Apple's Impending Problem? Lack of A Strategic Narrative.

No one can deny the value of a well constructed and well communicated narrative. There was a fab New York Times article about Larry Page this weekend that will continue to define how we feel about the business of Alphabet. In that article we get a sense for the strategic narrative that will define, in our minds, the next few years of business moves Alphabet makes. We rally round companies that tell compelling stories about themselves. 

Strategic narratives, stories in a business context, are a way to create a shared understanding of the past, an understanding of the work in the present and projections for the future state. We have examples of where this works; Alphabet/Google's is organizing the world's information and employees know where they fit in that future, SpaceX is working on transport to other planets for all of us and that keeps employees clear about their future aspirations. We also have examples of when a narrative is absent; Yahoo lost its narrative and its mojo because its leaders did not redefine the narrative  as the world changed around the company (and the ensuing employee exodus is inevitable).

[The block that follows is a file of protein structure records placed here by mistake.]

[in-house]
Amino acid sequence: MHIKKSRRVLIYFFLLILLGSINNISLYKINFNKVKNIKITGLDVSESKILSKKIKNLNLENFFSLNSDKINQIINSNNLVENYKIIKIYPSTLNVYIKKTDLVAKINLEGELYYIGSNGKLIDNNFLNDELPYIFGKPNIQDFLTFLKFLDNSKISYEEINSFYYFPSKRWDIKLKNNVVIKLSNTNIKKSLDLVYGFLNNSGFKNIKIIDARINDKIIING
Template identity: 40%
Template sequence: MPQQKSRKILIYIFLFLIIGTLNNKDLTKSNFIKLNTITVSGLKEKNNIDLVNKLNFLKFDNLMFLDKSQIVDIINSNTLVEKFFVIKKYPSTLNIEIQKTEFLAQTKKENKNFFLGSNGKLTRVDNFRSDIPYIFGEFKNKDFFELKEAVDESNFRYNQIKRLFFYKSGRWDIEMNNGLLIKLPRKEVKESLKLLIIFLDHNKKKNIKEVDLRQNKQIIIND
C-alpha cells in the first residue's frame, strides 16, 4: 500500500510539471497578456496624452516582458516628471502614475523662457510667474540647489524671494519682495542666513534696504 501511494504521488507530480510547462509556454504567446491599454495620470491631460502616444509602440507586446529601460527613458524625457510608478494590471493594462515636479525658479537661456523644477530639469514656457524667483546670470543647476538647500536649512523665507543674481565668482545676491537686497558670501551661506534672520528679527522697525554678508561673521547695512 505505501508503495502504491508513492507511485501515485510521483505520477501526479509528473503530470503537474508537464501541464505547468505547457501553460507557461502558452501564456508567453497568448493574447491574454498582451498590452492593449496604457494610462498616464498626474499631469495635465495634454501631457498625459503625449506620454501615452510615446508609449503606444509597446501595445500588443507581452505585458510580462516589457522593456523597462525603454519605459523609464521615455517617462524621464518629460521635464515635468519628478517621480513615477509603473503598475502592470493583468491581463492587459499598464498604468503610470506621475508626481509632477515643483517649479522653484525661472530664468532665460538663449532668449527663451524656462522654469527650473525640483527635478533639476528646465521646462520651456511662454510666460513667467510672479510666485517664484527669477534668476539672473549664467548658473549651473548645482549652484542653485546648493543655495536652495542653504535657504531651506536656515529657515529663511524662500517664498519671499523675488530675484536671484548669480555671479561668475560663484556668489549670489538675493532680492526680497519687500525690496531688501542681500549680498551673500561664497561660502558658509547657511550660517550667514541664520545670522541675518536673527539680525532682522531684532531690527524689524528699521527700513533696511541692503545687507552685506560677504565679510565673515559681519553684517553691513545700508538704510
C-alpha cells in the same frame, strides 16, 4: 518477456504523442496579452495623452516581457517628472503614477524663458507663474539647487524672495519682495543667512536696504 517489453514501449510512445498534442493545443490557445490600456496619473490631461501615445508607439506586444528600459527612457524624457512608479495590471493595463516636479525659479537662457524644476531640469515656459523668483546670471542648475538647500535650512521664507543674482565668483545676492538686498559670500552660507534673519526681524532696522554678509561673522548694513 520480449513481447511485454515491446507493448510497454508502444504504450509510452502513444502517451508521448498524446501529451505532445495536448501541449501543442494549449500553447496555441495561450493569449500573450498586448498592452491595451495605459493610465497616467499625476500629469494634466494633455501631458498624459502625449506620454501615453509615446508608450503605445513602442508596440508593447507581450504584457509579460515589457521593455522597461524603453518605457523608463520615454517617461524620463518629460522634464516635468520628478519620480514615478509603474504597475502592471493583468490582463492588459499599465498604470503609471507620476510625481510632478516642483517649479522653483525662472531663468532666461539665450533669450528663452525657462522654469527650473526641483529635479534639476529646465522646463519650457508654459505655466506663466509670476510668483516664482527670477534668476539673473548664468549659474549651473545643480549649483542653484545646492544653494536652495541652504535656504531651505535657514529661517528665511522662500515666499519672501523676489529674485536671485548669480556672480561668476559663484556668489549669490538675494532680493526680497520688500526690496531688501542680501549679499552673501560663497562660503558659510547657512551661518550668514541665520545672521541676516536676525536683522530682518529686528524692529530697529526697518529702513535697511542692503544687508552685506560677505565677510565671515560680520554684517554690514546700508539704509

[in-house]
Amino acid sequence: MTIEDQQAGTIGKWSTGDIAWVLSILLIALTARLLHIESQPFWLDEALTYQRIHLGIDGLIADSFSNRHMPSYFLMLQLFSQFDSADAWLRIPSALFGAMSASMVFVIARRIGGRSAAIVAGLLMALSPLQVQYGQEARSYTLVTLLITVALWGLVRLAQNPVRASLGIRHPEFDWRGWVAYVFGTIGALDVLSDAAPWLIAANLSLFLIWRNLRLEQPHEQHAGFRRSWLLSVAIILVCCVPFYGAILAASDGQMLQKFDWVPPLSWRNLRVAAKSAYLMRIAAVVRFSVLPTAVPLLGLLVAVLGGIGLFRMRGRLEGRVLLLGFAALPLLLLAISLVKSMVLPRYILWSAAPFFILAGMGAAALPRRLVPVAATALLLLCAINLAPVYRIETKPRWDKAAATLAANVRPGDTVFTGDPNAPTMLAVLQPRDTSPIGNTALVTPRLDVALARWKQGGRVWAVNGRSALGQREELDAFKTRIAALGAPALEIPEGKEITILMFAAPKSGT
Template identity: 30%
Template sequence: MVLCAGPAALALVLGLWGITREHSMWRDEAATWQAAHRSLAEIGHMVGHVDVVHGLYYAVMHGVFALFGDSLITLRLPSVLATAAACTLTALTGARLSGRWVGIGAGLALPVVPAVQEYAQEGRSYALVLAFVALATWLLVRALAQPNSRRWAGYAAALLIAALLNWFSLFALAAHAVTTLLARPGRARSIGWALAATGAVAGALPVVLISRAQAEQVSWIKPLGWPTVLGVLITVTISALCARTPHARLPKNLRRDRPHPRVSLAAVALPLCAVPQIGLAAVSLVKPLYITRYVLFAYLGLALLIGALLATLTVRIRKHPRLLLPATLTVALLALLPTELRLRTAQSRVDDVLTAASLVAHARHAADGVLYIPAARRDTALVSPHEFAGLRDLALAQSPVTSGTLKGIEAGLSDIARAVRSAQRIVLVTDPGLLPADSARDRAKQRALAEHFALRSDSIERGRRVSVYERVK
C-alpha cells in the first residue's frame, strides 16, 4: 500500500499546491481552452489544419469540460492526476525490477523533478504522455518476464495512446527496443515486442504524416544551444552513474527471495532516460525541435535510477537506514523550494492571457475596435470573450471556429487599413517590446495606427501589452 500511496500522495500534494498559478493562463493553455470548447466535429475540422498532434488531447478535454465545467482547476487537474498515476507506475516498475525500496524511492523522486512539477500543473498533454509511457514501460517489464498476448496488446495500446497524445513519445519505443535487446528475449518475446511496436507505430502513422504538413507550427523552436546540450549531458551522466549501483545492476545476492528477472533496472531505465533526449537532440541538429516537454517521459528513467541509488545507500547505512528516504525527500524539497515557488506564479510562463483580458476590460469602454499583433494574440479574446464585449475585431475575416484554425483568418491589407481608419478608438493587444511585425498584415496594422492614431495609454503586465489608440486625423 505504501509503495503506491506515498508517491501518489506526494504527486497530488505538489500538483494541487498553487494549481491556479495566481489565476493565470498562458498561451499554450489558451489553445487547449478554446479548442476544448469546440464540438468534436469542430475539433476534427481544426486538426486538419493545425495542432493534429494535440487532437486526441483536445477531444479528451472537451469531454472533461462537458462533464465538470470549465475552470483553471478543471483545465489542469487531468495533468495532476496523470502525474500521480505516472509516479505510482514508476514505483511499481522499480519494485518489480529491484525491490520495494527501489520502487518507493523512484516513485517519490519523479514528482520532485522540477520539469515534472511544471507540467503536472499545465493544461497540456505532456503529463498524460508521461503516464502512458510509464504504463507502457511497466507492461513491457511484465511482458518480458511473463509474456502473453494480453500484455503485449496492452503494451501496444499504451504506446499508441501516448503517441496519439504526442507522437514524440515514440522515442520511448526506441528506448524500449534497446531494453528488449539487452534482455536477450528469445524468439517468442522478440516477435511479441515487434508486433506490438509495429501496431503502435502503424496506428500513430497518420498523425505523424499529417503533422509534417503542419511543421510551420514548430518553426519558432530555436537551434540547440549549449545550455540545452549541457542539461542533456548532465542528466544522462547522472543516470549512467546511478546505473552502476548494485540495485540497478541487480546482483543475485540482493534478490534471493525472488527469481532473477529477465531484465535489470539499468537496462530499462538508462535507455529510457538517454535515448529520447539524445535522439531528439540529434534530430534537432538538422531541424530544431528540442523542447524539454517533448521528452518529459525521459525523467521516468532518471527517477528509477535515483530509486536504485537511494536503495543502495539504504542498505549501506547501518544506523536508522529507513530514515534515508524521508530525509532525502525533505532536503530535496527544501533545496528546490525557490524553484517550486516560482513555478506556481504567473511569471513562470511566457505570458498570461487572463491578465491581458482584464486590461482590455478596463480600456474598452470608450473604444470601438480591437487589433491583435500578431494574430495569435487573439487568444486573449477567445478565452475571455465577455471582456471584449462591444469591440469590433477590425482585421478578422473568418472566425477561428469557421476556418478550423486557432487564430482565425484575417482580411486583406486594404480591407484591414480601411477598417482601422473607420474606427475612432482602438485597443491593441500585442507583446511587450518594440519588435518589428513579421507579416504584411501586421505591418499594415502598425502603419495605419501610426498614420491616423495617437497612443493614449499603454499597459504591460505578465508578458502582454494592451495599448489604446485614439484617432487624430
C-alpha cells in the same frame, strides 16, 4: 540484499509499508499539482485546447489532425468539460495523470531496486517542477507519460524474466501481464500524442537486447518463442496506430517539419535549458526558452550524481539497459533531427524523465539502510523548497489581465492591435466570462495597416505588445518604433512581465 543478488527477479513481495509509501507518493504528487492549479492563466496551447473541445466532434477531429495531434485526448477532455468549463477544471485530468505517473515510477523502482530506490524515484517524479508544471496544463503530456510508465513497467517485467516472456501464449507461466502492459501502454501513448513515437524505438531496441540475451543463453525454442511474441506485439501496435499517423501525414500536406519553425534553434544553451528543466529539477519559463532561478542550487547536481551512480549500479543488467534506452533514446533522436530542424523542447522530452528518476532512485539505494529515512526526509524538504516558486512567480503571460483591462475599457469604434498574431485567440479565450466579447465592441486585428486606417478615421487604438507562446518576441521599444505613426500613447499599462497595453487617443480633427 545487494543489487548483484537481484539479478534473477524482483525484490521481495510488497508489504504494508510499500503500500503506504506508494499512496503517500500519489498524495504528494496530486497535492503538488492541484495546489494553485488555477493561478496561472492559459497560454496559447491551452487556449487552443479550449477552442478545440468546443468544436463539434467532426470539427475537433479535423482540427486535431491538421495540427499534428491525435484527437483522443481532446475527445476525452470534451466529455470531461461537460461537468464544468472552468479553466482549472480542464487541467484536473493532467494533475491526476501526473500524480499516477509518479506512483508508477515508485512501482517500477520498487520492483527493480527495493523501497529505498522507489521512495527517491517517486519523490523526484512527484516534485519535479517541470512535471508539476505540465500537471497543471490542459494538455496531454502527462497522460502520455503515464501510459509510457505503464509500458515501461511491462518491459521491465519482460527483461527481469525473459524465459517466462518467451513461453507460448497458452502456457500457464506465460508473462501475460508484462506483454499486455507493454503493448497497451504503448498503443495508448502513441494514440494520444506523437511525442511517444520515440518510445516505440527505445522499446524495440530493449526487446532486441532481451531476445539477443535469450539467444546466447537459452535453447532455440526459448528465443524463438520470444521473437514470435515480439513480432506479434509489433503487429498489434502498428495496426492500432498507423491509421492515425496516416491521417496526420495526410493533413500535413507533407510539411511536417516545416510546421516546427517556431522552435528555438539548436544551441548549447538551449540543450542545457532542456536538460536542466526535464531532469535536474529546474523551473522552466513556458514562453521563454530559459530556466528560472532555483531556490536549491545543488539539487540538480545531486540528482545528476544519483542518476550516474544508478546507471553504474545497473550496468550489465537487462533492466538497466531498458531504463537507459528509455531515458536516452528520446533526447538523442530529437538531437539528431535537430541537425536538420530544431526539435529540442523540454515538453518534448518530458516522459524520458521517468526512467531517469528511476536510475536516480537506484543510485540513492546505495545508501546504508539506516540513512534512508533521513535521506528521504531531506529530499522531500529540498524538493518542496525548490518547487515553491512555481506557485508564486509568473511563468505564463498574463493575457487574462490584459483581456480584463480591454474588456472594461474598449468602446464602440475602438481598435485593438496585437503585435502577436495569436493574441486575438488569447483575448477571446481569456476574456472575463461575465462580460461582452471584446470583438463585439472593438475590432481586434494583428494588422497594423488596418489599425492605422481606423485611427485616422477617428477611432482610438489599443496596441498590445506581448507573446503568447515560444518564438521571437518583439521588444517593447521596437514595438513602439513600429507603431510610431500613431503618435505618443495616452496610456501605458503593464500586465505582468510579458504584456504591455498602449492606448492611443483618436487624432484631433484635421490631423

For customers we can reverse engineer into what strategic narrative a company has when you see it take an action e.g Google becoming Alphabet (a holding company) or GE divesting its financial businesses (because it's strategic strength is industry not finance). And a lot of companies succeed even without having compelling narratives; these companies just don't become global behemoths.

But we have exceptions. The biggest company without a narrative right now is Apple. What is Apple's narrative?

See, a company narrative helps define where it's going or why it's doing what it's doing.  I strongly believe consumers buy the 'why'. When you don't know the 'why' what are you buying? Do I have a problem with Apple? Apart from Tim Cook's ill-fitting suit for his meeting with the Italian prime minister (I joke, I joke)?  There are too many Apple products in my home to suggest I have a problem with Apple. But 'why' would I buy another IPhone? Or why is my wife, and other friends, thinking it might be time to switch from Apple? These questions lie at the core of my worries about Apple.

To keep us buying IPhones the company will soon need to give us a more compelling reason why...Or else this story will turn ugly.